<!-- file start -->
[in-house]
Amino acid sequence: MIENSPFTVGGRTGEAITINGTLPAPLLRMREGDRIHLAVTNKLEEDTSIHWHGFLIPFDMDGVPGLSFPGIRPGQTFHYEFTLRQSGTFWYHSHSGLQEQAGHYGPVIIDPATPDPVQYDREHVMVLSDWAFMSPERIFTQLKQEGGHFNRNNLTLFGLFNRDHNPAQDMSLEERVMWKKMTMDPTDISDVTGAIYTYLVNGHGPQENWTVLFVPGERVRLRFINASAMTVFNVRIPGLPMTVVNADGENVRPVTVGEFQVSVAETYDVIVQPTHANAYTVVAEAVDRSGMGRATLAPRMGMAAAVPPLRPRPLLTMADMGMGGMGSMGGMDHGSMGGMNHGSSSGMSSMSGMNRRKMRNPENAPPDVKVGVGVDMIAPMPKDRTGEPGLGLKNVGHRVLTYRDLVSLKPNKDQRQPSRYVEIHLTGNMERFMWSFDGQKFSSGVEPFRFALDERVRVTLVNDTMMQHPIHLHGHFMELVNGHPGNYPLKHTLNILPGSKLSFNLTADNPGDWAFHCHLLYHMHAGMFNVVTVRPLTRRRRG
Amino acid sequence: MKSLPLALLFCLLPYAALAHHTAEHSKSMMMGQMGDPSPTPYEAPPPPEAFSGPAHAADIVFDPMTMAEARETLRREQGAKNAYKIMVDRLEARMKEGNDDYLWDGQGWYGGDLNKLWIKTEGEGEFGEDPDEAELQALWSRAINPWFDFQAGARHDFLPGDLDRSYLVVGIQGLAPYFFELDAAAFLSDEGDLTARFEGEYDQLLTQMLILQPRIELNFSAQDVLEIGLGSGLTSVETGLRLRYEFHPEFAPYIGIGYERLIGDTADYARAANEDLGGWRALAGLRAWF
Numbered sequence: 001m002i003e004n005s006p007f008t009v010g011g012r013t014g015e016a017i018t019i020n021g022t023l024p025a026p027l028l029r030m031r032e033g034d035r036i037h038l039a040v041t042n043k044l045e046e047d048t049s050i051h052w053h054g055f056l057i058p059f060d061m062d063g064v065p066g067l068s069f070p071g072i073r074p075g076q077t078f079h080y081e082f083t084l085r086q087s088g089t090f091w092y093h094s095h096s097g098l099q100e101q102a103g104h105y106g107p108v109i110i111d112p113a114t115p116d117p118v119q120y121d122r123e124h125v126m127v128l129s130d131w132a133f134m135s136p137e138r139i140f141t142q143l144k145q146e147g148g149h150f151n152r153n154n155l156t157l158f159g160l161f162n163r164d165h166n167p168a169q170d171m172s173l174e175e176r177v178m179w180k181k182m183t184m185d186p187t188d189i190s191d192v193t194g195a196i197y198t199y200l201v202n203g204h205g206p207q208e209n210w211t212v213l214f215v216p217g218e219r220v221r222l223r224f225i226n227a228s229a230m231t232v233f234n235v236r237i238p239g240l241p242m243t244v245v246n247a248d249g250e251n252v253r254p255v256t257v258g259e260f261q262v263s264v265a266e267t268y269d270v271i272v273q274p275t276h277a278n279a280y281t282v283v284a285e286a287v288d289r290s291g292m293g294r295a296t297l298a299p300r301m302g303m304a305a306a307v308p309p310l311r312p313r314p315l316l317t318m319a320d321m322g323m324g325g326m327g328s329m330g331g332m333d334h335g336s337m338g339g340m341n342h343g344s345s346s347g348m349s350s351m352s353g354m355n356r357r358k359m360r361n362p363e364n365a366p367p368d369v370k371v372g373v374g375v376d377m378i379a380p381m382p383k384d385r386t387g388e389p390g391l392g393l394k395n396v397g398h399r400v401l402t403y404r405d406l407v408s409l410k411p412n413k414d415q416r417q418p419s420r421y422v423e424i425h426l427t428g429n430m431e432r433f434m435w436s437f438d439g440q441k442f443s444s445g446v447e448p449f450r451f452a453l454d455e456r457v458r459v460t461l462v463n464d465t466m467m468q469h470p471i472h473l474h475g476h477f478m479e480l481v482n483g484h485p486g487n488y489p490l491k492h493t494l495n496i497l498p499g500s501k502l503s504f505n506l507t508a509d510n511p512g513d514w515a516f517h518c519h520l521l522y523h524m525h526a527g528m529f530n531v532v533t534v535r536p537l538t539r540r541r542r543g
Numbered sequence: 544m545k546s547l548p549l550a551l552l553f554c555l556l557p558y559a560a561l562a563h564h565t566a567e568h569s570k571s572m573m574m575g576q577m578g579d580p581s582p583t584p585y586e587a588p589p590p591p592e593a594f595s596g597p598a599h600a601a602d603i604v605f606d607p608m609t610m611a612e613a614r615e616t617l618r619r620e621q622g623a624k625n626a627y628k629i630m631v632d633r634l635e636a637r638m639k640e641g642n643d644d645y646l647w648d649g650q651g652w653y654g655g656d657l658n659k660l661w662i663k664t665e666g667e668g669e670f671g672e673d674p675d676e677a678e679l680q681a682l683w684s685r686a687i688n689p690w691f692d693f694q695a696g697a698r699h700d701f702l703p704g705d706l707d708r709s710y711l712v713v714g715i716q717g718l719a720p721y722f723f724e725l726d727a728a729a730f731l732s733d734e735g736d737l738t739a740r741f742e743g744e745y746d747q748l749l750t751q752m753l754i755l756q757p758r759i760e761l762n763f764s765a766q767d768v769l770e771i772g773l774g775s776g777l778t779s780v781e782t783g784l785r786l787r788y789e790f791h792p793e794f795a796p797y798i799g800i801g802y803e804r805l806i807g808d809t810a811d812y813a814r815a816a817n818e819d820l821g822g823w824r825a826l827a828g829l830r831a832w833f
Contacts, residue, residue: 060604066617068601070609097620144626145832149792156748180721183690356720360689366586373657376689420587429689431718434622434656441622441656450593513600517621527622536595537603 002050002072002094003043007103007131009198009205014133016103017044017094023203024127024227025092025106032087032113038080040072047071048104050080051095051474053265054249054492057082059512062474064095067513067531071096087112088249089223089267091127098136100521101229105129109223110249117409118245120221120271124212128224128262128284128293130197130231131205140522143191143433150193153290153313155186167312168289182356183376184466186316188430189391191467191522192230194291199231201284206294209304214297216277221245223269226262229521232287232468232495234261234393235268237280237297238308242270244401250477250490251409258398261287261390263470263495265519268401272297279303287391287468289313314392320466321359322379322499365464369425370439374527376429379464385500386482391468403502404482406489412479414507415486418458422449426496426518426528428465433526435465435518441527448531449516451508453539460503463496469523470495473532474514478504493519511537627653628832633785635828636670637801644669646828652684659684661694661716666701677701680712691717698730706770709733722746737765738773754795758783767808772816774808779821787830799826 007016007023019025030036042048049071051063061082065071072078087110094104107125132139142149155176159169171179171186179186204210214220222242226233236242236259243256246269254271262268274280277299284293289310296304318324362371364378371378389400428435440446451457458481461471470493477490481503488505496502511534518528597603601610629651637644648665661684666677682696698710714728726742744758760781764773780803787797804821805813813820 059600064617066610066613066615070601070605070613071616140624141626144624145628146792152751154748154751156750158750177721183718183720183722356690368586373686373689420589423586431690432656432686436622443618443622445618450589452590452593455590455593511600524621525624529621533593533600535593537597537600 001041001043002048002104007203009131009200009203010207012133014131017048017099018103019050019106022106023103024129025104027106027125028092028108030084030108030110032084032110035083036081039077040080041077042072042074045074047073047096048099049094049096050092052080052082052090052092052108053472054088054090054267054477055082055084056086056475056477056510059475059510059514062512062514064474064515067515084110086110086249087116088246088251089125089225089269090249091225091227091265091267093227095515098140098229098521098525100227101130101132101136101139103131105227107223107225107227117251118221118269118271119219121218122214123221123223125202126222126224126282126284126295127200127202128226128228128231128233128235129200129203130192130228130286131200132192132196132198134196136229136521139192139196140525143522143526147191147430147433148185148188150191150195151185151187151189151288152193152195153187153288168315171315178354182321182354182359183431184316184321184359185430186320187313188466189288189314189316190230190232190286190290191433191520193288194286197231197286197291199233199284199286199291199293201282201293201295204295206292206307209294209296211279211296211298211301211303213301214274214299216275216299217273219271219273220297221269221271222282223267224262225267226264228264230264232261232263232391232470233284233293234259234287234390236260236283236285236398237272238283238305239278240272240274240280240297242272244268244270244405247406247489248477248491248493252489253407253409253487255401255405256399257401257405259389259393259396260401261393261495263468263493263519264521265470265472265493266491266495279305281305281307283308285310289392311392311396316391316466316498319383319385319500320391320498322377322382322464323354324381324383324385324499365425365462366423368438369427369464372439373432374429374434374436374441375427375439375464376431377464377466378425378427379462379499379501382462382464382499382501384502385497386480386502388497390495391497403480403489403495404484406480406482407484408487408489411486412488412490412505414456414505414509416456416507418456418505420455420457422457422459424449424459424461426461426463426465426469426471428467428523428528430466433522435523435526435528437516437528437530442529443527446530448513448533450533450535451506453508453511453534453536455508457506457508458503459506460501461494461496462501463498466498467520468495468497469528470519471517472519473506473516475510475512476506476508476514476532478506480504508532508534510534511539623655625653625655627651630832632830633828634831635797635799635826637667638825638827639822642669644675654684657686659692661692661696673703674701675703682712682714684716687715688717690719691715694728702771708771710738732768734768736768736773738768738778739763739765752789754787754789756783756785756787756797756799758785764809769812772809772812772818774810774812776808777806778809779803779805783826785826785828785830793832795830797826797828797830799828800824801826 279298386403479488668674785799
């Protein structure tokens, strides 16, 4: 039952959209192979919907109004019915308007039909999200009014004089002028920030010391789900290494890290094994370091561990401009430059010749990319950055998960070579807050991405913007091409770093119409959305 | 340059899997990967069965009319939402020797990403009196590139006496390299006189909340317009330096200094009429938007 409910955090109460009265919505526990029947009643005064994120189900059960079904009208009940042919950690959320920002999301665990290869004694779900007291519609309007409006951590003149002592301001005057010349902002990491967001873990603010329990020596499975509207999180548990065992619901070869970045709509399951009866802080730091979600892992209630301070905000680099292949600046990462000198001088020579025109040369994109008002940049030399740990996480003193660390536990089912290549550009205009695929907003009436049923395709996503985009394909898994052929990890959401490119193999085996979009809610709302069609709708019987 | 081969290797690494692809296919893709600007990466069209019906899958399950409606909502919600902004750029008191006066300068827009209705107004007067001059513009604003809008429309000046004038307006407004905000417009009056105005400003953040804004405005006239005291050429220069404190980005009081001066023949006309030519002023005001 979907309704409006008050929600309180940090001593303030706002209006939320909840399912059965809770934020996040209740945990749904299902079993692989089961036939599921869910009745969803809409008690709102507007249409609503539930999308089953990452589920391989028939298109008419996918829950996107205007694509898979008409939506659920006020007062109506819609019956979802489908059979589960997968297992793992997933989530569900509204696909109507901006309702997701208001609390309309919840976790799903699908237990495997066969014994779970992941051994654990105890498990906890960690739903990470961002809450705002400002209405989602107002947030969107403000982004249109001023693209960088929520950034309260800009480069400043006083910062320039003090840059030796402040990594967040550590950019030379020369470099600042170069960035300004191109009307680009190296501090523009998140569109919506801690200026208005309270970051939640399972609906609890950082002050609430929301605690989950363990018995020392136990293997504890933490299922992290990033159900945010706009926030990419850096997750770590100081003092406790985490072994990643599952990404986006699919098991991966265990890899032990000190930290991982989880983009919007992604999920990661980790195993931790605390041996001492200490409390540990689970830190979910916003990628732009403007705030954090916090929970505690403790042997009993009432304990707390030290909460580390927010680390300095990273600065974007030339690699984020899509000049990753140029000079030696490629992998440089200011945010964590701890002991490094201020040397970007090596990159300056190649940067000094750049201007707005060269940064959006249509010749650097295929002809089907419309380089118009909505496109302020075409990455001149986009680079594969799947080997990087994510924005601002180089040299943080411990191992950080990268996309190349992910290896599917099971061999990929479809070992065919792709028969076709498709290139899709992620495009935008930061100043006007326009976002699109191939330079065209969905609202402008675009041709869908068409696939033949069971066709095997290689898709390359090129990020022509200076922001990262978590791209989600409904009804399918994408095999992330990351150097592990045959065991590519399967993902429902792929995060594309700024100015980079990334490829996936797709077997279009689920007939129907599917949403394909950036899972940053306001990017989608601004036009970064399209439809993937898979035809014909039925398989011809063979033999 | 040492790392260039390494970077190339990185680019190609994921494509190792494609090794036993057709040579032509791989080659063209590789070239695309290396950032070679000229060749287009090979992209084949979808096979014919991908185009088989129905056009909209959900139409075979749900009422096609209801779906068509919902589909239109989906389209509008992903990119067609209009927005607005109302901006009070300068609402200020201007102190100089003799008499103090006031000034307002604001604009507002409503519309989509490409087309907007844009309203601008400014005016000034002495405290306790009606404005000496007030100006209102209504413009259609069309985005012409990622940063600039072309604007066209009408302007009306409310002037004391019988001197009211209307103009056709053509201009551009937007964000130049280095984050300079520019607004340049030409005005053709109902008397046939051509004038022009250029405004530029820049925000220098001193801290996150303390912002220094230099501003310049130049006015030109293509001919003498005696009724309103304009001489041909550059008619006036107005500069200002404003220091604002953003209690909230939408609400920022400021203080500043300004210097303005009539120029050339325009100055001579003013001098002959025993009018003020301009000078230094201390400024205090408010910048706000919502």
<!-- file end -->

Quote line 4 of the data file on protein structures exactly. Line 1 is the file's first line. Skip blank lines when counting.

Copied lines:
Numbered sequence: 001m002i003e004n005s006p007f008t009v010g011g012r013t014g015e016a017i018t019i020n021g022t023l024p025a026p027l028l029r030m031r032e033g034d035r036i037h038l039a040v041t042n043k044l045e046e047d048t049s050i051h052w053h054g055f056l057i058p059f060d061m062d063g064v065p066g067l068s069f070p071g072i073r074p075g076q077t078f079h080y081e082f083t084l085r086q087s088g089t090f091w092y093h094s095h096s097g098l099q100e101q102a103g104h105y106g107p108v109i110i111d112p113a114t115p116d117p118v119q120y121d122r123e124h125v126m127v128l129s130d131w132a133f134m135s136p137e138r139i140f141t142q143l144k145q146e147g148g149h150f151n152r153n154n155l156t157l158f159g160l161f162n163r164d165h166n167p168a169q170d171m172s173l174e175e176r177v178m179w180k181k182m183t184m185d186p187t188d189i190s191d192v193t194g195a196i197y198t199y200l201v202n203g204h205g206p207q208e209n210w211t212v213l214f215v216p217g218e219r220v221r222l223r224f225i226n227a228s229a230m231t232v233f234n235v236r237i238p239g240l241p242m243t244v245v246n247a248d249g250e251n252v253r254p255v256t257v258g259e260f261q262v263s264v265a266e267t268y269d270v271i272v273q274p275t276h277a278n279a280y281t282v283v284a285e286a287v288d289r290s291g292m293g294r295a296t297l298a299p300r301m302g303m304a305a306a307v308p309p310l311r312p313r314p315l316l317t318m319a320d321m322g323m324g325g326m327g328s329m330g331g332m333d334h335g336s337m338g339g340m341n342h343g344s345s346s347g348m349s350s351m352s353g354m355n356r357r358k359m360r361n362p363e364n365a366p367p368d369v370k371v372g373v374g375v376d377m378i379a380p381m382p383k384d385r386t387g388e389p390g391l392g393l394k395n396v397g398h399r400v401l402t403y404r405d406l407v408s409l410k411p412n413k414d415q416r417q418p419s420r421y422v423e424i425h426l427t428g429n430m431e432r433f434m435w436s437f438d439g440q441k442f443s444s445g446v447e448p449f450r451f452a453l454d455e456r457v458r459v460t461l462v463n464d465t466m467m468q469h470p471i472h473l474h475g476h477f478m479e480l481v482n483g484h485p486g487n488y489p490l491k492h493t494l495n496i497l498p499g500s501k502l503s504f505n506l507t508a509d510n511p512g513d514w515a516f517h518c519h520l521l522y523h524m525h526a527g528m529f530n531v532v533t534v535r536p537l538t539r540r541r542r543g